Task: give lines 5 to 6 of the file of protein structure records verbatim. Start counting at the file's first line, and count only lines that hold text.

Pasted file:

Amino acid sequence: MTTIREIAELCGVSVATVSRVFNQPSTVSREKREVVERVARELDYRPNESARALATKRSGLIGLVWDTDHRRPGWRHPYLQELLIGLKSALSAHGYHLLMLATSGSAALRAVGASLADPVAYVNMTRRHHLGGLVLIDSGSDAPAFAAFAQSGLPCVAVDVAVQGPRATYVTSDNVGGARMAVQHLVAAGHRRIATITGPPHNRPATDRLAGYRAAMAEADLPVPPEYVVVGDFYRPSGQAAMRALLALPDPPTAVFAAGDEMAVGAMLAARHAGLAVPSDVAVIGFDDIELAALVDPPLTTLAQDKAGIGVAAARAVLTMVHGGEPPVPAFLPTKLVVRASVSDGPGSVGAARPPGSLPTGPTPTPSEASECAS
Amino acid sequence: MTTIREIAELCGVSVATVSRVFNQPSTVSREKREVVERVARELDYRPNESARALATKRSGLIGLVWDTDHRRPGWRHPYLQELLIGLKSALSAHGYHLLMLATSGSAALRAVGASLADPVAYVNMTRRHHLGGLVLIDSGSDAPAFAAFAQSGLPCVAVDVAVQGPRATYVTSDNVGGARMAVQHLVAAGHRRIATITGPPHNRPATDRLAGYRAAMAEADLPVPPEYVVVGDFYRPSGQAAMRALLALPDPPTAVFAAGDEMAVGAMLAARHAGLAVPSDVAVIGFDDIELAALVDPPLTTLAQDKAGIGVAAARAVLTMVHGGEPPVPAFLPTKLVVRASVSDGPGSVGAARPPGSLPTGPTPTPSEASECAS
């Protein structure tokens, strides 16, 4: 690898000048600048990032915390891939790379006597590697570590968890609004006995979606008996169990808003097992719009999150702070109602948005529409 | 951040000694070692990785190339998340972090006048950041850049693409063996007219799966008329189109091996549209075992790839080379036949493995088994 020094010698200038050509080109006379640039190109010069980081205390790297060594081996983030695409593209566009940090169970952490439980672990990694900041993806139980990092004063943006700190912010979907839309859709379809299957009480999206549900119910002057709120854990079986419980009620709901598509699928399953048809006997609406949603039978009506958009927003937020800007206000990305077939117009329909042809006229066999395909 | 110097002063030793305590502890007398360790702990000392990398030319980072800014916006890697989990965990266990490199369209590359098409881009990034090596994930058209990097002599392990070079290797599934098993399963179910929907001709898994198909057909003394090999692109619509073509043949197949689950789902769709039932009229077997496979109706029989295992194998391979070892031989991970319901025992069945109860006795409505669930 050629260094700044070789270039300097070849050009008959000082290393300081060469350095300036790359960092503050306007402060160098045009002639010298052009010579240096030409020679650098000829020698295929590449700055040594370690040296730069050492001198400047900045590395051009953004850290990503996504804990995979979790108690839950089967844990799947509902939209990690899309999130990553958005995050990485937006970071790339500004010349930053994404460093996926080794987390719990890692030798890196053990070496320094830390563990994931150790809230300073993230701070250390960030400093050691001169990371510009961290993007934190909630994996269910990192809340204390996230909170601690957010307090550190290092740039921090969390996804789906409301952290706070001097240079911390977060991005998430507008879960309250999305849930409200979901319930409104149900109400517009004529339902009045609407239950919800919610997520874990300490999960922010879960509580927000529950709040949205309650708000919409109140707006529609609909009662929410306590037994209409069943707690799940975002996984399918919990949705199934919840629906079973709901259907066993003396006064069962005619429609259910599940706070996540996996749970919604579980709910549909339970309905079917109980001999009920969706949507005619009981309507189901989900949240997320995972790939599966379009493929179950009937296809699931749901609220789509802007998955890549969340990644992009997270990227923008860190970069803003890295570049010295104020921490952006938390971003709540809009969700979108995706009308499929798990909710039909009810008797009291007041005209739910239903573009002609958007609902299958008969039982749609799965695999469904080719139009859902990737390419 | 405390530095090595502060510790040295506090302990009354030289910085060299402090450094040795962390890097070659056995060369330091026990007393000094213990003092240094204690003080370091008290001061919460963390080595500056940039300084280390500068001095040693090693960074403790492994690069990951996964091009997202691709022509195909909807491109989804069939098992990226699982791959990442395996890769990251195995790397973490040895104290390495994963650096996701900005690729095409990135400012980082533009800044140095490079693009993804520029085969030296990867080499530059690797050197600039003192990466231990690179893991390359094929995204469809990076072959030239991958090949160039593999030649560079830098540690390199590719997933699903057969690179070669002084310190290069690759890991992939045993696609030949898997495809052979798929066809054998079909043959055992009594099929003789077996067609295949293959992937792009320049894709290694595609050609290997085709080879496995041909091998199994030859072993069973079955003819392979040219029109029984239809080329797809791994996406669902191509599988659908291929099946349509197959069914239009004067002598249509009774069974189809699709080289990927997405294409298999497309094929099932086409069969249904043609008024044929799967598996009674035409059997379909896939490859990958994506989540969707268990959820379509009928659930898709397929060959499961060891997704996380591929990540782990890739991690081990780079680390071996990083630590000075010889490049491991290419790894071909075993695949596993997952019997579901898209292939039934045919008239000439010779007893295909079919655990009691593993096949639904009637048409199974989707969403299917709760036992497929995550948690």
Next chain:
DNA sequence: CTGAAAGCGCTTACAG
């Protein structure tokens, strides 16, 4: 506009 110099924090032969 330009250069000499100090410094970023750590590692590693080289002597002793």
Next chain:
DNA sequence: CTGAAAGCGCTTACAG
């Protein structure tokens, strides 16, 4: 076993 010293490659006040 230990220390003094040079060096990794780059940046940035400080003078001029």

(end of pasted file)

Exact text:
DNA sequence: CTGAAAGCGCTTACAG
């Protein structure tokens, strides 16, 4: 506009 110099924090032969 330009250069000499100090410094970023750590590692590693080289002597002793």